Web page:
Realist, not conformist analysis of the latest financial, business and political news

No One’s Going To Get Rich From The Lyft IPO – They Already Own It

As we’ve pointed out before people have a very strange series of beliefs about initial public offerings, this idea that the Lyft IPO is going to make some set of people rich. This simply isn’t so, they’re already rich, that’s why they’re having the IPO. They yesterday owned something that was of value, they today still own something which is of value. That’s how this capitalism and markets thing works.

Thus this is just silly as the basis of an article:

[perfectpullquote align=”full” bordertop=”false” cite=”” link=”” color=”” class=”” size=””]Here’s who will get rich from the Lyft IPO[/perfectpullquote]

Well, no one, actually.

[perfectpullquote align=”full” bordertop=”false” cite=”” link=”” color=”” class=”” size=””] As Lyft makes its debut as a publicly traded company, co-founders Logan Green and John Zimmer will be rich. But they won’t be billionaires just yet. At an opening price of $87.24 a share, Green’s stake in Lyft (LYFT) is valued at about $730.5 million while Zimmer’s shares are worth about $504 million. [/perfectpullquote]

And yesterday they owned significant chunks of the very same company, those chunks also meaning they were rich yesterday.

Sure, the value of that stake may have changed a bit today. They may have cashed some in, maybe not. But if they’d offered the whole of Lyft for sale yesterday they’d have found a buyer at some amount that would have made them about as rich as they are today.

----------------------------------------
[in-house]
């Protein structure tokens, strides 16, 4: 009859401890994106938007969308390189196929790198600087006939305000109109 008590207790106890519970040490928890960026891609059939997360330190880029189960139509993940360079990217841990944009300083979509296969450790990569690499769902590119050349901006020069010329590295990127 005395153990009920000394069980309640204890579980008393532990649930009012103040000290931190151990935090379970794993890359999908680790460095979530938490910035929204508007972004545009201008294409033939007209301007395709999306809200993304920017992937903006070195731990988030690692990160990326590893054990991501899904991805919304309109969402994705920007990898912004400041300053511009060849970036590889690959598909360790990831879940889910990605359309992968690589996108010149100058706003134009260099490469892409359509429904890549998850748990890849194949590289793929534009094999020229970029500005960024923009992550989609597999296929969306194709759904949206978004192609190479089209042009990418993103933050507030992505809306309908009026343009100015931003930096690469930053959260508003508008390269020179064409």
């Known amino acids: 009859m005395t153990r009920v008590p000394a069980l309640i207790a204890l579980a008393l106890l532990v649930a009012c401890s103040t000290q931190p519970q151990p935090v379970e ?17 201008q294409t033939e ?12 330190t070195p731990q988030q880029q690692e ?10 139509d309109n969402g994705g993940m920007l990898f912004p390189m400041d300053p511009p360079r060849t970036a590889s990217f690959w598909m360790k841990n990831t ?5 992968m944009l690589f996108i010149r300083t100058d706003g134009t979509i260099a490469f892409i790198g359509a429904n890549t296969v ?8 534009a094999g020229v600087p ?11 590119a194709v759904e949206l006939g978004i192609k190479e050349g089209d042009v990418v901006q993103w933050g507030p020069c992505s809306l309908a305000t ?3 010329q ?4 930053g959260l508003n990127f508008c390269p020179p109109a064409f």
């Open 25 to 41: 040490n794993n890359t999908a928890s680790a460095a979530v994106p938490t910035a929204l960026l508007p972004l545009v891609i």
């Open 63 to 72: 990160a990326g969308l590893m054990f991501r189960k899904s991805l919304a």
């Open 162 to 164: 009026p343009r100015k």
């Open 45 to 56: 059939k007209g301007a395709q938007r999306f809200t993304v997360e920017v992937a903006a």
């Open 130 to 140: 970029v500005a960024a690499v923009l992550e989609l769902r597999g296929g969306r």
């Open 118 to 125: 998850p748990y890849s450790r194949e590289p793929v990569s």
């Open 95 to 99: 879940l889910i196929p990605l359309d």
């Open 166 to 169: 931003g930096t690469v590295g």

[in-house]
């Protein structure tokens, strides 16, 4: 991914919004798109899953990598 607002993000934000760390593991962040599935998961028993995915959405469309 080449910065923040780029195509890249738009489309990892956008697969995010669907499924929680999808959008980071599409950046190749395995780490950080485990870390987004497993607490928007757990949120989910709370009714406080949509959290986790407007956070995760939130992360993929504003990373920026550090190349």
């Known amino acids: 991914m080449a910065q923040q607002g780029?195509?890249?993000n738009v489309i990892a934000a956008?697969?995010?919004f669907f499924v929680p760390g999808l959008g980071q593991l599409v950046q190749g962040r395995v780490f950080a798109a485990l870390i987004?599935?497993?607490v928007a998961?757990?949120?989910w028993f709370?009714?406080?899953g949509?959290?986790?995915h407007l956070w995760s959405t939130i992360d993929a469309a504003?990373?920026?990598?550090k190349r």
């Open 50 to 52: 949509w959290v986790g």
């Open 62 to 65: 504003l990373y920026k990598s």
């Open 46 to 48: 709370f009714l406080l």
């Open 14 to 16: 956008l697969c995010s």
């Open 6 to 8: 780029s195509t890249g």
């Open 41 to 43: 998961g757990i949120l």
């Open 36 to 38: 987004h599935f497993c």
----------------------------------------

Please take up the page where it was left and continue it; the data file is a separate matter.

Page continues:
That is, the thing that made them rich was starting and building Lyft, not the process of the IPO. Which is, after all, simply widening the circle of shareholders.

We have said this before of course:

[perfectpullquote align=”full” bordertop=”false” cite=”” link=”” color=”” class=”” size=””] Just a little note here concerning the upcoming IPO of Lyft, the ride sharing company. CNBC is trying to tell us that certain people are going to get rich as a result of this IPO. This is not so – the people they’re talking about are already rich. They must be, otherwise how would an IPO gain them value? Quite, they’e in the process of selling some part of something that’s valuable, that’s what an IPO is. Great, good luck to them. But to be able to sell it then they must own it now. And further, to be able to sell it for some nice large amount then it must already be valuable. Thus, they already own some decent piece of something that is already valuable – they’re already rich.   [/perfectpullquote]

But no one ever listens, do they?

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5 years ago

The Lyft shares, of course, are now more liquid which generally adds value. Business appraisers often deduct value for illiquid investments when using listed company comps. So it is fair to say that a public offering often has the effect of making the rich shareholders of a private corporation somewhat richer shareholders of a listed corporation.

5 years ago
Reply to  TD

Indeed, and there’s a difference between “make rich” and “make richer”

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